You can try things you never imagined were possible.
        Should you be willing to do an Amazon review there’s a free audio sample to click.               


Sunday, September 22, 2019

2019.09.22 The Spirituality Of God In ALL Things

 If God is truly omnipresent, then there is nowhere God is not.

If Godde is incarnate/immanent, in all things, then there must be a spirituality of all things—including all things evil, ugly, fraught, greed-ridden, driven and riven by sin and death.

May we not be naive or arrogant enough to set limits on the limitless presence of divinity, nor stupid enough to envision God present only in wise people and things, not in the foolish, only in good not bad, only in new not old, only in love not hate, only in life not death.

I awoke this morning with this insight—not new, but newly striking. I remembered a book I’d read Into The New Age by the late British theologian and bishop Stephen Verney. This book and its predecessor, Fire In Coventry, are his spiritual interpretations of the bombing and total destruction of the Coventry (England) cathedral in WWII. The phrase that awakened me this morning was : “Good and evil interlock.”  The books are not simply about a devastating fire and the rebuilding of a downed cathedral. Nor are they stilted intellectual theological treatises against the horrors of war and the grandeur of God anyhow/triumphant, a God who most wonderfully works with the faithful to rebuild the cathedral. No, these books relate the totality of the lived experience of the consecration of a whole community, not just a building, within God’s Holy Spirit of Reality—Reality!  (A centenary edition of Fire was published in 2018, worth a read.)

Good and evil interlock IS the Spirituality of God in ALL things. The ruined remains of the burnt cathedral were cleaned up, but left standing to abut, interlock with, the new creation—a sacrament of what a consecrated community can create. The product is intriguing but not as much as the Spirituality it re-presents. (The ruins and the incorpated ruins)

Sunday, September 15, 2019

2019.09.15 Blog Report

Dear faithful blog readers. We made a quick trip down to Bridgeport Ct Hospital today. Son John is a trail biker and he had an accident. Broke scapula, clavicle 6 ribs and his pinkie. All banged up. He will be okay but as his Mama had to go down to see his face and give him a kiss.  Tomorrow they will probably do surgery on the recalcitrant pinkie finger (bent all the way back in the fall).  

John is in good spirits and tolerated pain meds all right, though there is still quite a bit of pain.  So grateful  he's all right and it wasn't worse. Also grateful for his super duper all-head helmet with just a visor for sight.

I did gently suggest that he might consider riding trails that were less challenging. He countered with the fact that he'd seen a riding suit he can afford with thick padding in all the right places.

One day he will actually grow up. I love him at every and any age.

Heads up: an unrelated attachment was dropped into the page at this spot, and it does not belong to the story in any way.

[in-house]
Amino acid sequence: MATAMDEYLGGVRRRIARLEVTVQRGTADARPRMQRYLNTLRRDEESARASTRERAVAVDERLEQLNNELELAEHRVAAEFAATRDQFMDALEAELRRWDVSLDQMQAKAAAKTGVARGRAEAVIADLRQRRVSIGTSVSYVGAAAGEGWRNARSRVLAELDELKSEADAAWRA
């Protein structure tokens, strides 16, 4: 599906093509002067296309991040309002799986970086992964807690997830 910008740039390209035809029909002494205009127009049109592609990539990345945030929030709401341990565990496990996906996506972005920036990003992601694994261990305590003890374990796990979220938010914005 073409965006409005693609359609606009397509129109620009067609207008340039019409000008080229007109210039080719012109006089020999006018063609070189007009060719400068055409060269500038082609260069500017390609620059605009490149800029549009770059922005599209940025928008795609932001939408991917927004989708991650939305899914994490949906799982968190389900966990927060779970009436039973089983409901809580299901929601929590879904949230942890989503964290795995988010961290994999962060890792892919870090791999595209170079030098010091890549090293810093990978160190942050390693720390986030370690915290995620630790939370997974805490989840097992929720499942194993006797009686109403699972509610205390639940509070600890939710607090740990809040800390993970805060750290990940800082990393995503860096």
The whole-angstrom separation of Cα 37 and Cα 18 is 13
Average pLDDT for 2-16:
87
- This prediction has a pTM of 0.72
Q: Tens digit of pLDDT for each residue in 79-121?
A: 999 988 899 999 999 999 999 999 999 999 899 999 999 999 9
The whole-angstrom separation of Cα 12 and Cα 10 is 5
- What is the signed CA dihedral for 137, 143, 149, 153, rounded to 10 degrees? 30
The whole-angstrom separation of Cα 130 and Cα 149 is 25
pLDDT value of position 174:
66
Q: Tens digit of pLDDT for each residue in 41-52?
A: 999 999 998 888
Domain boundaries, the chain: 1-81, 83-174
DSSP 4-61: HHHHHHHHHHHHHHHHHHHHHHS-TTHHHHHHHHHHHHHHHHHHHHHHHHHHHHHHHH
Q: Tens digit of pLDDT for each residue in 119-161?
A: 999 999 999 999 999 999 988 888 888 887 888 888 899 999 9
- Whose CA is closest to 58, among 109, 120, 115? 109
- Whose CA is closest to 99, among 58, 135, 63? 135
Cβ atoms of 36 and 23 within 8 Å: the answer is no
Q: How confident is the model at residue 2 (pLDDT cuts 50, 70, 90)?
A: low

Thank for your prayers.


Sunday, September 8, 2019

2019.09.08 New Beginnings With Digital Rotogravure

Today ( who knew?) is National Grandparents Day in America. I write to honor the role of grandparenting. Whether it is daily or yearly, it matters enormously to the old and to the young, linking up a family by generations, memory—and heart.  It is also the end of summer and back-to-school time, a time to cheer and feel proud, and a time to weep with longing under the sharp knife of time's inevitable passage.

For many children the first day of school each year is a time of excitement and anticipation, perhaps a little anxiety. Parents, especially single parents or grandparents, try hard to hype it up, while hiding their own relief at having some time off from 24/7 on-call duty.

Sometimes there’s a shopping outing to buy a new first-day-of-school outfit and hit the local pharmacy for school supplies, some of which are extraneous these days with so much school work done on computers. Everything is laid out in readiness the night before. Backpacks, stuffed to distortion, not including homework and textbooks, although it might include your favorite mitt or good luck charm tucked in, stand all on their own and wait to be placed and strapped onto young backs. In some cases, the backpack is bigger than the child whose small legs stick out from beneath the load.

Ah, school is a serious thing indeed. Not only do you get educated in the basics of reading, writing and arithmetic, you get all their enhancements, nuances, and advancements squeezed into your brain over at least 12 years, and more if you so choose. The little old schoolhouse never dies, it only grows, just like the students who get educated to grow in mind, body, and spirit.
Now I am aware that I write all this as a privileged, white, well-educated woman in her 80s who, way back when, discovered in school a place of achievement, an endeavor she could master, a lifetime project in which she could excel over a long time, and oh my, I loved those grades. For a time I allowed achievement to define me as a person,  as if it enriched my very soul, as if it were my god. Thanks be to a God-school called seminary, the Bible in which many stories reflected my own experience (ya think David was an overachiever who learned humility the hard way?), prayer, spiritual direction, vocational maturity, writing, good friends and family, my own children, and a real and lasting love—none of which I achieved, all of which I gratefully received through the grace of a God who loved me no matter what —I  am able now to celebrate the joys of school through the excitement of my grandchildren, minus two who have finished school for a while. Here are some back-to-school photos I proudly share.

Dylan Brakeman, entering Kindergarten
Phoebe Brakeman, entering 6th grade
Eliza Brakeman, entering 8th grade
Will Brakeman, entering his junior year in high school—so happy to pose once again for his back-to-school photo